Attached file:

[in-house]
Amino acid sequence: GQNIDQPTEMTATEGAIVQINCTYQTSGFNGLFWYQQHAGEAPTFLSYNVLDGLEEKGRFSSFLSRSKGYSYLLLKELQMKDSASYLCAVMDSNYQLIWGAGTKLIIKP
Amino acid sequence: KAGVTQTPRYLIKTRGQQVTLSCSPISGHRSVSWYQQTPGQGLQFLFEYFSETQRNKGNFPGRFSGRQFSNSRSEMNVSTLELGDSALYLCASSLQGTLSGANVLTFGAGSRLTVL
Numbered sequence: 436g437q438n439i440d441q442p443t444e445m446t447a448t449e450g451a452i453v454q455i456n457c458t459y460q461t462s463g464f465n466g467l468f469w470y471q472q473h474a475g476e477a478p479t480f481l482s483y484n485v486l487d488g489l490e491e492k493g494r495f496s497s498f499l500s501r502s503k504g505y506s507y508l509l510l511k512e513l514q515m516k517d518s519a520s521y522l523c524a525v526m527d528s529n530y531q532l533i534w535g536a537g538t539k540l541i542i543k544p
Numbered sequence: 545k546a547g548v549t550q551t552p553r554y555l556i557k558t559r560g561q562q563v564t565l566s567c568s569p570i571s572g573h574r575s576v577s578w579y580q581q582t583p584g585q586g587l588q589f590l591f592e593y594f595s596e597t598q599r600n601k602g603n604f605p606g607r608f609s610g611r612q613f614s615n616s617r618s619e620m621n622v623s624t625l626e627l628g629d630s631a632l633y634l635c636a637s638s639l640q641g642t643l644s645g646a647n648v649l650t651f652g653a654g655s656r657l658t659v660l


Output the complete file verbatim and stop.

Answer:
[in-house]
Amino acid sequence: GQNIDQPTEMTATEGAIVQINCTYQTSGFNGLFWYQQHAGEAPTFLSYNVLDGLEEKGRFSSFLSRSKGYSYLLLKELQMKDSASYLCAVMDSNYQLIWGAGTKLIIKP
Amino acid sequence: KAGVTQTPRYLIKTRGQQVTLSCSPISGHRSVSWYQQTPGQGLQFLFEYFSETQRNKGNFPGRFSGRQFSNSRSEMNVSTLELGDSALYLCASSLQGTLSGANVLTFGAGSRLTVL
Numbered sequence: 436g437q438n439i440d441q442p443t444e445m446t447a448t449e450g451a452i453v454q455i456n457c458t459y460q461t462s463g464f465n466g467l468f469w470y471q472q473h474a475g476e477a478p479t480f481l482s483y484n485v486l487d488g489l490e491e492k493g494r495f496s497s498f499l500s501r502s503k504g505y506s507y508l509l510l511k512e513l514q515m516k517d518s519a520s521y522l523c524a525v526m527d528s529n530y531q532l533i534w535g536a537g538t539k540l541i542i543k544p
Numbered sequence: 545k546a547g548v549t550q551t552p553r554y555l556i557k558t559r560g561q562q563v564t565l566s567c568s569p570i571s572g573h574r575s576v577s578w579y580q581q582t583p584g585q586g587l588q589f590l591f592e593y594f595s596e597t598q599r600n601k602g603n604f605p606g607r608f609s610g611r612q613f614s615n616s617r618s619e620m621n622v623s624t625l626e627l628g629d630s631a632l633y634l635c636a637s638s639l640q641g642t643l644s645g646a647n648v649l650t651f652g653a654g655s656r657l658t659v660l